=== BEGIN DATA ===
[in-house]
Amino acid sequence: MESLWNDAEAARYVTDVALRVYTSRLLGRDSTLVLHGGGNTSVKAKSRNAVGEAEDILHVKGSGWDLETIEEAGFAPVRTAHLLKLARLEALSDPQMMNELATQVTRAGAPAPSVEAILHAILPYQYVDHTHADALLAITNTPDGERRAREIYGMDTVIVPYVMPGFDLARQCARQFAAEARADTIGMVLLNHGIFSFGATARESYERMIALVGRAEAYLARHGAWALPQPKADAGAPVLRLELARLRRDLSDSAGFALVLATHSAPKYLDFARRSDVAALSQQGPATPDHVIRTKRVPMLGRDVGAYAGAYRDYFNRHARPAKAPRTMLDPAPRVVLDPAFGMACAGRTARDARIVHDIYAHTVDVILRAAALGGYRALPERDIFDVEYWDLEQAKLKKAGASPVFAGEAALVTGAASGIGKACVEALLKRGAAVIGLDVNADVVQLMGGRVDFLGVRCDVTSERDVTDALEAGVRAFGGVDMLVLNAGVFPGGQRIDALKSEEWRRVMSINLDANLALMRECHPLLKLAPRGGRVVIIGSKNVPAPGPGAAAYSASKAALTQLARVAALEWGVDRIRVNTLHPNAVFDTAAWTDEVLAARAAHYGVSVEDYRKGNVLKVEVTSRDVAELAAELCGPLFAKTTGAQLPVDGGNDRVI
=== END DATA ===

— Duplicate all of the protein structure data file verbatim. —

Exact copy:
[in-house]
Amino acid sequence: MESLWNDAEAARYVTDVALRVYTSRLLGRDSTLVLHGGGNTSVKAKSRNAVGEAEDILHVKGSGWDLETIEEAGFAPVRTAHLLKLARLEALSDPQMMNELATQVTRAGAPAPSVEAILHAILPYQYVDHTHADALLAITNTPDGERRAREIYGMDTVIVPYVMPGFDLARQCARQFAAEARADTIGMVLLNHGIFSFGATARESYERMIALVGRAEAYLARHGAWALPQPKADAGAPVLRLELARLRRDLSDSAGFALVLATHSAPKYLDFARRSDVAALSQQGPATPDHVIRTKRVPMLGRDVGAYAGAYRDYFNRHARPAKAPRTMLDPAPRVVLDPAFGMACAGRTARDARIVHDIYAHTVDVILRAAALGGYRALPERDIFDVEYWDLEQAKLKKAGASPVFAGEAALVTGAASGIGKACVEALLKRGAAVIGLDVNADVVQLMGGRVDFLGVRCDVTSERDVTDALEAGVRAFGGVDMLVLNAGVFPGGQRIDALKSEEWRRVMSINLDANLALMRECHPLLKLAPRGGRVVIIGSKNVPAPGPGAAAYSASKAALTQLARVAALEWGVDRIRVNTLHPNAVFDTAAWTDEVLAARAAHYGVSVEDYRKGNVLKVEVTSRDVAELAAELCGPLFAKTTGAQLPVDGGNDRVI